Muti, CSO and Chorus soar with Schubert mass

Fri Feb 07, 2014 at 4:36 pm

By Lawrence A. Johnson

Riccardo Muti conducting the CSO in Schubert's Mass in A flat Thursday night at Symphony Center. Photo: Todd Rosenberg

Riccardo Muti conducting the CSO in Schubert’s Mass in A flat Thursday night at Symphony Center. Photo: Todd Rosenberg

As fine as the pair of Schubert symphonies were that launched Riccardo Muti’s season-long exploration of the composer last week, Thursday night’s performance of Schubert’s Mass in A flat by Muti and the Chicago Symphony Orchestra and Chorus will likely figure on Best of 2014 lists eleven months hence.

Perhaps the CSO’s music director was buoyed by signing his five-year contract extension earlier this week, along with that extra bit of inspiration that seems to occur when he is leading large-scale vocal works with the orchestra. Whatever the case, the close partnership between the CSO and their Italian maestro was firing on all cylinders Thursday night at Symphony Center.

Last week’s program centered on the earthy and bucolic—with some fleeting dark shadows in Schubert’s Fourth Symphony—while the second and final week of Riccardo Muti’s January residency centered on more transcendental matters.

If Schubert’s early works in the form are cast in a kind of formal Classical politesse, the late Mass in A flat shows a more distinct and boldly individual voice. Several moments could have come only from his pen—the dark lower voices in the Credo’s “Crucifixus etiam pro nobis,” the brilliant choral outburst in the Sanctus, and the thrilling choral fugue on the Gloria’s “Amen.” At times there is an austere and otherworldly quality that seems to be reflected in Schubert’s late sonatas and quartets.

Muti and his CSO forces put across the heaven-storming drama as much as the moments of consolation and spiritual introspection. As is his style, the conductor led a large chorus, 99 strong. Yet balances were meticulous, done with a natural ease that never seemed pedantic, with soloists, chorus, orchestra and organ all emerging with striking clarity.

While the singers chosen for Muti’s CSO choral works in the past have proven more variable than those in his concert operas, the current quartet was faultless. Rosa Feola’s ethereal pure soprano brought just the right degree of expressive poise to her solos, and mezzo Michaela Selinger, tenor Antonio Poli and bass Riccardo Zanellato were on the same high level.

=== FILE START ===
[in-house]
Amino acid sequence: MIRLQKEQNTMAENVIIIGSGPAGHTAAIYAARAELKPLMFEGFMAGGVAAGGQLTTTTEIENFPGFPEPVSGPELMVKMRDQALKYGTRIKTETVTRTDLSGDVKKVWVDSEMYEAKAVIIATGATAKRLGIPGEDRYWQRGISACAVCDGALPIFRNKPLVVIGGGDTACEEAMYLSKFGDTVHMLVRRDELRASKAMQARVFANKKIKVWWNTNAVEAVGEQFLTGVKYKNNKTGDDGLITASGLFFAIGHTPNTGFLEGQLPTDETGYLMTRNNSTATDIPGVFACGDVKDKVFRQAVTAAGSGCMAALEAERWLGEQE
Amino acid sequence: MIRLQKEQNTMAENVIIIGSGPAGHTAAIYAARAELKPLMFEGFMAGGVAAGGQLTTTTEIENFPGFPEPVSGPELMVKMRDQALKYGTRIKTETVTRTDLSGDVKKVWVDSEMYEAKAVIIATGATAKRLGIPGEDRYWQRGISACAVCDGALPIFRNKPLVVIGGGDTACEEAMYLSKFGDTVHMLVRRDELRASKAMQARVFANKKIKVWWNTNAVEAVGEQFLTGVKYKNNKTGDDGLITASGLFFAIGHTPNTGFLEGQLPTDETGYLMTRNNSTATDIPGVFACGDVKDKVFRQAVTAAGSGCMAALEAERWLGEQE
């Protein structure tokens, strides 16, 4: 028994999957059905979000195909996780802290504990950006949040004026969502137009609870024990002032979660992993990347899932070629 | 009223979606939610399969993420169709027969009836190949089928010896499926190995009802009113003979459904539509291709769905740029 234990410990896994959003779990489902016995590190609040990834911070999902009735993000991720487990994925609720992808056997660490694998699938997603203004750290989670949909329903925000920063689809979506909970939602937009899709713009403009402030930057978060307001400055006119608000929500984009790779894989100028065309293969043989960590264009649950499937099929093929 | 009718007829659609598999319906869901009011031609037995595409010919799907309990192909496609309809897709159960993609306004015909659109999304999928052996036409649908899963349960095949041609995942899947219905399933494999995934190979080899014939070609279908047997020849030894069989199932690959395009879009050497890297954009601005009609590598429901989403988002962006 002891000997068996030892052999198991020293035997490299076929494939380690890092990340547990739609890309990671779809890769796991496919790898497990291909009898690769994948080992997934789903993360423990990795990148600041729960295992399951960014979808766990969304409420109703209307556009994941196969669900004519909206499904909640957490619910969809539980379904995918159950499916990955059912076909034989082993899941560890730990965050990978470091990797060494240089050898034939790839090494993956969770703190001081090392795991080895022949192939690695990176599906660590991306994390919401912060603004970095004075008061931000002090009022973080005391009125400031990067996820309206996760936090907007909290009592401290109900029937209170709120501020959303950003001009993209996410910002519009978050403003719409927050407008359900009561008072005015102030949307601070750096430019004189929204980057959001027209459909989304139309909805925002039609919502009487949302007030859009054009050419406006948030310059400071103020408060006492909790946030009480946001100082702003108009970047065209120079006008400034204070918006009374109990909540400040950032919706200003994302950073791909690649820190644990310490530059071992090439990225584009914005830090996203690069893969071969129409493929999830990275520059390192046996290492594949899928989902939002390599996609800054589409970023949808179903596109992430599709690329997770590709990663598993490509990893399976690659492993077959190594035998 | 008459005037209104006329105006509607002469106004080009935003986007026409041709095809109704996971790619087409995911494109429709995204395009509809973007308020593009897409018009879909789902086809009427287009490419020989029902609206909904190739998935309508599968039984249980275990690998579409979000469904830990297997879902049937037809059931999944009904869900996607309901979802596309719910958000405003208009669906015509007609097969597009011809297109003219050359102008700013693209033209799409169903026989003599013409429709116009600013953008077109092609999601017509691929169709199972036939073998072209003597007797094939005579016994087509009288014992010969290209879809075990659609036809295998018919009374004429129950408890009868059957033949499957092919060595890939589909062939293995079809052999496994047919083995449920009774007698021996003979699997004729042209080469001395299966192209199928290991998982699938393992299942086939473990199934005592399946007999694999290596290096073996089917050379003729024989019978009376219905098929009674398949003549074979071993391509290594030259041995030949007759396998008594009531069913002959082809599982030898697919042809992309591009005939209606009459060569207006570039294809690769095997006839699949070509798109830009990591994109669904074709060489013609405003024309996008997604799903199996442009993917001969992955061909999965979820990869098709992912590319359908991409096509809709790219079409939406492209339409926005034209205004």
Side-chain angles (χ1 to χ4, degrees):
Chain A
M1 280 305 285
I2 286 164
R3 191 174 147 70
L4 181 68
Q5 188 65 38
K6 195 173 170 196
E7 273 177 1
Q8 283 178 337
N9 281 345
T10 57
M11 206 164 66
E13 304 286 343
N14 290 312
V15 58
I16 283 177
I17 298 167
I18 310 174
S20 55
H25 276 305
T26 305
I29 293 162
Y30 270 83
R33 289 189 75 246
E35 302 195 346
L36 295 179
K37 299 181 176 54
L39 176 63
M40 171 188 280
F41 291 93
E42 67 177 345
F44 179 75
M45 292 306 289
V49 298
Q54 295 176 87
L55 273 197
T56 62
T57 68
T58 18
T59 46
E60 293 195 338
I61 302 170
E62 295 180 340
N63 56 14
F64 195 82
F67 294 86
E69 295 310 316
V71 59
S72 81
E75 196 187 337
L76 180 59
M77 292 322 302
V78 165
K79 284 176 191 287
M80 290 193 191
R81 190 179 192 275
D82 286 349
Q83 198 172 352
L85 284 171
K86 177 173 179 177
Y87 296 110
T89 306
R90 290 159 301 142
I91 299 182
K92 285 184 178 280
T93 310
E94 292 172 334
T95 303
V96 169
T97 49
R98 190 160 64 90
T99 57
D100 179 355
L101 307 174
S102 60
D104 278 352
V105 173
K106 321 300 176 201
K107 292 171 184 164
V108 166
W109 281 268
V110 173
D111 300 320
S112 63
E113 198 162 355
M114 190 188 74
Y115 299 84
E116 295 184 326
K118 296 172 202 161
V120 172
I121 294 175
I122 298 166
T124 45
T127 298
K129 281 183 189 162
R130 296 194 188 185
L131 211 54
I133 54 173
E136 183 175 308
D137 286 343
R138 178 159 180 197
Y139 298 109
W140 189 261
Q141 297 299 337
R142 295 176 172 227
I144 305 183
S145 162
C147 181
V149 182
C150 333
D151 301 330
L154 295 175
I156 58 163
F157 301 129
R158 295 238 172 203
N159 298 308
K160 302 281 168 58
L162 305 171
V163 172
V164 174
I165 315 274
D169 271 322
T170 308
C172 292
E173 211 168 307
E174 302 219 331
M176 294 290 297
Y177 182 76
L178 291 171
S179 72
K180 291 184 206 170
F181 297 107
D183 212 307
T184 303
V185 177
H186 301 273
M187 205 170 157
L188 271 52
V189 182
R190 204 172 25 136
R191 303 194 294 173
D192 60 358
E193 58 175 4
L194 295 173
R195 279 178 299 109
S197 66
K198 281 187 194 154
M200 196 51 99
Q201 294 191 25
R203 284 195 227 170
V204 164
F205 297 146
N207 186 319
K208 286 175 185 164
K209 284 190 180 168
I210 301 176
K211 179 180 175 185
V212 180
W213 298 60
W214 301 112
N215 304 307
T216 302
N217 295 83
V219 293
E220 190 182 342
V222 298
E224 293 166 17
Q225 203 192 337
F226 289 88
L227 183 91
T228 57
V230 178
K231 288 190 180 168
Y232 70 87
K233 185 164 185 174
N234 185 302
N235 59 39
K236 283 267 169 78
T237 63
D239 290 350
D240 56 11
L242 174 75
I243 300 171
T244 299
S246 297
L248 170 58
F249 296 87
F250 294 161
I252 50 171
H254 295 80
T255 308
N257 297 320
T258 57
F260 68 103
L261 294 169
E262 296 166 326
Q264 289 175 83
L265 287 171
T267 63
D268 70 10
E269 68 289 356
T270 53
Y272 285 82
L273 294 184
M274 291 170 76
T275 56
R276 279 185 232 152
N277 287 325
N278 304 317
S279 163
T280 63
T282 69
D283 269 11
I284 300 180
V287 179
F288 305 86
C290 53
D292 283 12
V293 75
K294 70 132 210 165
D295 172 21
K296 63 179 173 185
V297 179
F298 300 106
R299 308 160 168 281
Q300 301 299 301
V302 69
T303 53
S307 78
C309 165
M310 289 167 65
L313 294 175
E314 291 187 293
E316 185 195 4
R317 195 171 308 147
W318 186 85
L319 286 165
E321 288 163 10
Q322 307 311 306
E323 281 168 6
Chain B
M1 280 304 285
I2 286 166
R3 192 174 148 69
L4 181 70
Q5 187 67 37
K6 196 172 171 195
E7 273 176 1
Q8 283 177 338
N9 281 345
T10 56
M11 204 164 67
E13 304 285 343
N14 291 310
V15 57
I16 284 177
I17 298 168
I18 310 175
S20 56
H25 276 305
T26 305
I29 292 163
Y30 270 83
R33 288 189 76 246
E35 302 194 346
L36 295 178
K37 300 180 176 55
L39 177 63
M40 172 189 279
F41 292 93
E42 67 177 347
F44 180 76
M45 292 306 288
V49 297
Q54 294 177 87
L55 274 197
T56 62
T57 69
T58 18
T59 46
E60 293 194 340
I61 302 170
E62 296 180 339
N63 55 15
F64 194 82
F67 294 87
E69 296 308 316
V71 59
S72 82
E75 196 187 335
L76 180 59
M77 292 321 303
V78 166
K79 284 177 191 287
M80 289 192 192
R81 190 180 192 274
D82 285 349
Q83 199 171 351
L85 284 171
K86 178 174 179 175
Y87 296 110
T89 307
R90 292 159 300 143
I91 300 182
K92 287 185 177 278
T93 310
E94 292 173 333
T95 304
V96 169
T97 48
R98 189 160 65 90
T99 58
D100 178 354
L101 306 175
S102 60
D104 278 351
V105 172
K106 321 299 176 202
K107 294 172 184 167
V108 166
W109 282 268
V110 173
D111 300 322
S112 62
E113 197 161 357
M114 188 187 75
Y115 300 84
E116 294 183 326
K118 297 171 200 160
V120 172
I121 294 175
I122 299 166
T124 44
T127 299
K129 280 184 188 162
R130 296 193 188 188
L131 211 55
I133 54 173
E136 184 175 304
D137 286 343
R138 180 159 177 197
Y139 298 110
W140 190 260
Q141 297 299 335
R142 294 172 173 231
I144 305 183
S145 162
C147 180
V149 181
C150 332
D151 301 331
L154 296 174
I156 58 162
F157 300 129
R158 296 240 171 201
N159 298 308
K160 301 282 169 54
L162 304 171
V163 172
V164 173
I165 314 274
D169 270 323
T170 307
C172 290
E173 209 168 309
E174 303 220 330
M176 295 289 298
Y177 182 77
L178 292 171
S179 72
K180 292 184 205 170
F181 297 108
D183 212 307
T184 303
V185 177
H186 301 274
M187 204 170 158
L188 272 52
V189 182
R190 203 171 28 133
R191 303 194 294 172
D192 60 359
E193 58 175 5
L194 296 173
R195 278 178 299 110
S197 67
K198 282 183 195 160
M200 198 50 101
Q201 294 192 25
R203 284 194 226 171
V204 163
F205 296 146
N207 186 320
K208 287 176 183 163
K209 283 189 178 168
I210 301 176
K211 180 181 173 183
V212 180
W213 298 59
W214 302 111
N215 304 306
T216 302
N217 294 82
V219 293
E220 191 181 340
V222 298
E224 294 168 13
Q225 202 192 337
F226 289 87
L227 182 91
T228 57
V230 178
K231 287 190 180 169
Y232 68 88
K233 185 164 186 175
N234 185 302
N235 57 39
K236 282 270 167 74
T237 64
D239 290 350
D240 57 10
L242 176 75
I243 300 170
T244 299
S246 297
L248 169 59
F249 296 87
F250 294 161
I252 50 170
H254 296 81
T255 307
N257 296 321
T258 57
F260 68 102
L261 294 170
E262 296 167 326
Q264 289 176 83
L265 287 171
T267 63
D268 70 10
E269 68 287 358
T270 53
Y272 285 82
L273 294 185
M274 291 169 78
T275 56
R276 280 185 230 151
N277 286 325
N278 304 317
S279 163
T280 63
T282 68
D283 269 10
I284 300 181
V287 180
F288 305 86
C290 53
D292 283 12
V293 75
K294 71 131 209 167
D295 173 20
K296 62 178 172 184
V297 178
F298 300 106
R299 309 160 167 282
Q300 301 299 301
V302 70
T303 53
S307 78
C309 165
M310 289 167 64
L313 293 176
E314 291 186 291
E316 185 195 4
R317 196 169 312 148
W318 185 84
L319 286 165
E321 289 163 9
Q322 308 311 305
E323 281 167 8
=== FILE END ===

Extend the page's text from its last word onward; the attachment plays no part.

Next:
This mass is really the chorus’s show and Duain Wolfe’s singers brought their customary corporate power and tonal refinement as well as an impressive clarity of articulation, which rendered texts irrelevant. Thursday’s performance was dedicated to the memory of Claudio Abbado; led by his podium compatriot, the CSO and Chorus could not have delivered a more impressive and affecting homage to their former principal guest conductor.

Schubert’s mass was the marquee work, but the path to heaven wended its way through a veil of tears, prefaced by Ennio Morricone’s Voices from the Silence.

The prolific Italian composer is better known in the U.S. for his many film scores (Cinema Paradiso, The Untouchables, The Mission) than his concert works. Voci dal silenzio was commissioned by Muti to mark the 9-11 tragedy and premiered at his Ravenna Festival in 2003. The American premiere took place four years later at the United Nations in New York, conducted by the composer.

Though commissioned (and publicized) as a tribute to the victims of 9-11, Morricone casts a much broader net in the score’s dedication: “Against terrorism, against racism, and all forms of ethnic persecution. For equality among all people.”

Muti in a brief spoken introduction urged the Symphony Center audience to “listen to the message to make the world a better place.” No one’s doubting the noble intentions of all involved, but in this sprawling uneven work, it’s not always easy to discern exactly what that message is.

There is some inspired music in Voices from the Silence, nearly all of it coming from the orchestra. Morricone’s whipcrack scoring with its violent climaxes and edgy cacophony will be a revelation to those only familiar with his lyrical, sometimes sentimental film themes.

With a text by South African writer Richard Rive, the direct inspiration seems to have little to do with the Twin Towers and more to do with Africa. The work seems influenced in part by David Fanshawe’s African Sanctus of 1972, echoing Fanshawe’s pioneering use of mixing African field recordings with live symphony orchestra.

With its spoken texts, belated choral vocalise and African field recordings thrown into a kind of high-minded mixmaster, the 30-minute end result is diffuse and ultimately unconvincing—more ennui than Ennio. Still, it was heartening to see the 85-year-old composer in attendance to acknowledge the applause Thursday night. (John Adams’ On the Transmigration of Souls remains the one masterpiece to emerge composed in tribute to the victims of 9-11.)

Narrator Ora Jones read Rike’s simple words with dignity, albeit unaided by the disembodied amplification. Muti elicited an impassioned, powerful performance, which makes one regret the lack of more contemporary music on his programs next season even more.

The evening led off in more lighthearted fashion with Schubert’s Overture in the Italian Style heard, amazingly, in its subscription debut. Though Rossini was Schubert’s model, the framing sections sound more like the young composer is mining Beethoven. Typically the CSO music director brought out the light-footed vivacity, even finding a little pre-Denza Funiculi Funicula quality in the dervish main theme.

The program will be repeated 8 p.m. Friday and Saturday. cso.org; 312-294-3000.

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